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Cardinal George Pell Released After High Court Acquits Him Of Charges

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Cardinal George Pell was released from Barwon Prison today after the Australian High Court quashed his convictions unanimously allowing his appeal.

The High Court found that the jury, acting rationally on the whole of the evidence, ought to have entertained a doubt to the applicant’s guilt with respect to each of the alleged offences for which he was convicted, and ordered that the convictions be quashed and that verdicts of acquittal be entered in their place.

In a statement, the bench said that, “on the assumption that the jury had assessed the complainant’s evidence as thoroughly credible and reliable, the evidence of the opportunity witnesses nonetheless required the jury, acting rationally, to have entertained a reasonable doubt as to the applicant’s guilt in relation to the offences involved in both alleged incidents”.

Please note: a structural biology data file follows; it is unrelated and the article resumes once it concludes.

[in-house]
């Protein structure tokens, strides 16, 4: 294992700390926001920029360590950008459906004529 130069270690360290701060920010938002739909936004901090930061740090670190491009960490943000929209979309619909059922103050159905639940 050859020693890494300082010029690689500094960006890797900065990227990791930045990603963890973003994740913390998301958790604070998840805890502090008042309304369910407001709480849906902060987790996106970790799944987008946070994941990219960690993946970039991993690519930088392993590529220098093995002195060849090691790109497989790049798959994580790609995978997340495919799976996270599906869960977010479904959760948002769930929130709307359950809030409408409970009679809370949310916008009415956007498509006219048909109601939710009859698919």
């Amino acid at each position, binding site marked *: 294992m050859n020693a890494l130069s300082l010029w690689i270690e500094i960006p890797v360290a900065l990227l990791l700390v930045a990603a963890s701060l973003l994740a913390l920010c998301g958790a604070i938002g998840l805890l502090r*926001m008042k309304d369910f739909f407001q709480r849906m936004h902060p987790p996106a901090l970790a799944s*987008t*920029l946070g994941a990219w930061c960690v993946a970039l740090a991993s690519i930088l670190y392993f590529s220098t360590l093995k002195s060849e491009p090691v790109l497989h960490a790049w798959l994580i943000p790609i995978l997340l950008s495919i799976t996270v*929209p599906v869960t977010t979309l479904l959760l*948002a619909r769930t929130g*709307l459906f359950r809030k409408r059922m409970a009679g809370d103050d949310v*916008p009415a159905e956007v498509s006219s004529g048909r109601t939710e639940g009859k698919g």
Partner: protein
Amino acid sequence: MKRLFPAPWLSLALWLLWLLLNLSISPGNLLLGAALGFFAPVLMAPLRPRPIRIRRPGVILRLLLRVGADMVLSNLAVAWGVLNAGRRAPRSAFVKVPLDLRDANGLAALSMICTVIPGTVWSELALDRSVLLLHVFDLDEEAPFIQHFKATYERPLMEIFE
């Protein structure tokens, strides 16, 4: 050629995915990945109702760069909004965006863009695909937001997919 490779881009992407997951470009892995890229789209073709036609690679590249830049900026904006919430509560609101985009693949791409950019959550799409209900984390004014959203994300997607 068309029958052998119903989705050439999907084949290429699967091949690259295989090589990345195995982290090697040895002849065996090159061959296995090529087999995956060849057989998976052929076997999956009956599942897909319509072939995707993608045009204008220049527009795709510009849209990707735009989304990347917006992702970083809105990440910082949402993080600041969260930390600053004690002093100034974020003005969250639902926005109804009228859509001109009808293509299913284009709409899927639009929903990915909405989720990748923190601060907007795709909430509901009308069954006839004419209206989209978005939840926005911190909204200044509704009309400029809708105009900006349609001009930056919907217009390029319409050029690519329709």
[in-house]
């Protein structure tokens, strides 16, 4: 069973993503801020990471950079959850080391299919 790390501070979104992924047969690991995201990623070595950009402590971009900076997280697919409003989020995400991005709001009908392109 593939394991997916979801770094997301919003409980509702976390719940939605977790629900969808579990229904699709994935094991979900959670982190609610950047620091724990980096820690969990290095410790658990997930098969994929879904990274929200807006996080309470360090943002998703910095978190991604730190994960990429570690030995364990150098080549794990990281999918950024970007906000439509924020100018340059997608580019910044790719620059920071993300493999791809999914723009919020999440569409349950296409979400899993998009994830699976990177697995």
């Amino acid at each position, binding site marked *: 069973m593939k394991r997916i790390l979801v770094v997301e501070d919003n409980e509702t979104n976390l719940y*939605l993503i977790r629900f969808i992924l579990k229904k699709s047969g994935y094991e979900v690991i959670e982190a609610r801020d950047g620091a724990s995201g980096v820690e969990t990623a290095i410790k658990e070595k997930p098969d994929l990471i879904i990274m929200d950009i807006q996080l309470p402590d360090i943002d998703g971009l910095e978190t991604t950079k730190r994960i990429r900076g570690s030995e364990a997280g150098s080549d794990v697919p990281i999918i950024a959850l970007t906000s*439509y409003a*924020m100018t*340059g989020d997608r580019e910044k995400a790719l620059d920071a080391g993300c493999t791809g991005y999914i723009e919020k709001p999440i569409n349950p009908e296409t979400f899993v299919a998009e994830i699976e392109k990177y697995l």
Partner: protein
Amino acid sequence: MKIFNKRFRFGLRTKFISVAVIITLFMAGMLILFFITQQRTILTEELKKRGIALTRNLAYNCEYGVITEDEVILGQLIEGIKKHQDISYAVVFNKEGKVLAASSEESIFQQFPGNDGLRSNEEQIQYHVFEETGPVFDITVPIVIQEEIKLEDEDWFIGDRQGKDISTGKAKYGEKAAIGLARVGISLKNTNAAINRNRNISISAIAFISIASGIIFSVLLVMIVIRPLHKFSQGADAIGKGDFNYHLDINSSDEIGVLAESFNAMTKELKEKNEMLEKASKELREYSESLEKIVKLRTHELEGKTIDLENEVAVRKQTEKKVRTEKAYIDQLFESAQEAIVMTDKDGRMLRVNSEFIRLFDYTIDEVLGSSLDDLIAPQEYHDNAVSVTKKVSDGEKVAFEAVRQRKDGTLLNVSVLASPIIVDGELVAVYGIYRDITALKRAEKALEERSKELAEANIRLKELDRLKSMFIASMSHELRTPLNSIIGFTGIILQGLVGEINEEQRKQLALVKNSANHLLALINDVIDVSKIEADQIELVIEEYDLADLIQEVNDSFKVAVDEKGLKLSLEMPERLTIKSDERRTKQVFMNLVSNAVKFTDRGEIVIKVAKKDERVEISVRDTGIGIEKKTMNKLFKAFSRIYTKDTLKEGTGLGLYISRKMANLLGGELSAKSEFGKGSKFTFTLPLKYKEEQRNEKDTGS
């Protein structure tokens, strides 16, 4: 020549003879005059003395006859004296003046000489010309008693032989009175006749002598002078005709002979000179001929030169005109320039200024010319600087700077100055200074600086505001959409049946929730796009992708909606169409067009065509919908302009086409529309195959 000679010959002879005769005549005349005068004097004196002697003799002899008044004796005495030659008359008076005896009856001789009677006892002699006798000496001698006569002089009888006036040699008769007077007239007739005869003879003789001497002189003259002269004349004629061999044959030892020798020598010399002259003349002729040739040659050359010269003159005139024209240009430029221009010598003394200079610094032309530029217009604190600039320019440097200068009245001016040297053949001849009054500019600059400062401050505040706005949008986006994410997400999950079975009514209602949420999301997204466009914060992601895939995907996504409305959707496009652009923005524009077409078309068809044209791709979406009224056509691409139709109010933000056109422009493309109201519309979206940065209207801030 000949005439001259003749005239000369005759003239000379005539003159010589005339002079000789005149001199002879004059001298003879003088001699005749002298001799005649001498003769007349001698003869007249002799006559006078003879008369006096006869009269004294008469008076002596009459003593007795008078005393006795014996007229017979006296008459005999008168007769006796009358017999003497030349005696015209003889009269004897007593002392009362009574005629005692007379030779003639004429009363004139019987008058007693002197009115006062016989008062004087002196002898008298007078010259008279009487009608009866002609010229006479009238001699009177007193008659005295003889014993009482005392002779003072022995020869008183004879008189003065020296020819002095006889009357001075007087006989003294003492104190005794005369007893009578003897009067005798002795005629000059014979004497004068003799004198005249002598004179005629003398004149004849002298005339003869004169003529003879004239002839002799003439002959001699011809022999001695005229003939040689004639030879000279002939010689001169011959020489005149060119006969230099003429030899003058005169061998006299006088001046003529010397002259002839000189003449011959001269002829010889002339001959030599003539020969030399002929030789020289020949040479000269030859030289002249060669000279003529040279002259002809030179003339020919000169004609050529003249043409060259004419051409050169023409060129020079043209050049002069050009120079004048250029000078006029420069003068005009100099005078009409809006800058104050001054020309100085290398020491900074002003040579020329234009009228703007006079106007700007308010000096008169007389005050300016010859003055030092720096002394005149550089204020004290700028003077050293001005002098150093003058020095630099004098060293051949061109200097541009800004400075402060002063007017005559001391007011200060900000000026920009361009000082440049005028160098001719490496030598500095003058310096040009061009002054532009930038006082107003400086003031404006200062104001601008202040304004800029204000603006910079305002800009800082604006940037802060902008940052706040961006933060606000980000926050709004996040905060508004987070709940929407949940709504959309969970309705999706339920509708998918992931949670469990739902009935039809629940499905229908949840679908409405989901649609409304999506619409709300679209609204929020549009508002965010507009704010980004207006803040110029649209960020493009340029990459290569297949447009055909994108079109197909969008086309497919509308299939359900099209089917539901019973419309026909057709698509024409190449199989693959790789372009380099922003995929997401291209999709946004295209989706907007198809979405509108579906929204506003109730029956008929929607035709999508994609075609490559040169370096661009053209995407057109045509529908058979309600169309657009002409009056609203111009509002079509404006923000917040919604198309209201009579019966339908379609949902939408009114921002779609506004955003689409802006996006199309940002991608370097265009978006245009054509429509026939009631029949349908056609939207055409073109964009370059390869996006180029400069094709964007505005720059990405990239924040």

There was “a significant possibility that an innocent person has been convicted because the evidence did not establish guilt to the requisite standard of proof,” the bench found.

Pell, who spent 400 days in prison for the alleged sexual assault of a 13-year-old choir boy in Melbourne 1996, was the most senior Catholic official in the world to be charged with child sexual abuse.

He has maintained his innocence since being confronted with the allegations by Victoria Police in Rome four years ago, but a jury of 12 and Victoria’s Court of Appeal ruled otherwise.

Pell’s lawyers have argued the jury was wrong and the appeal court majority made a mistake when it agreed with his guilty verdict.

The appeal bid is based on two grounds – firstly that Chief Justice Ann Ferguson and President Chris Maxwell made an error in requiring Pell to prove the alleged offending was “impossible” in order to raise reasonable doubt.

Secondly, his lawyers have argued the judges erred in concluding the guilty verdicts were not unreasonable, because of findings there was reasonable doubt as to his guilt.

Due to strict social distancing rules only three journalists were allowed into the court meaning there was no cheers or jeers when decision was announced.

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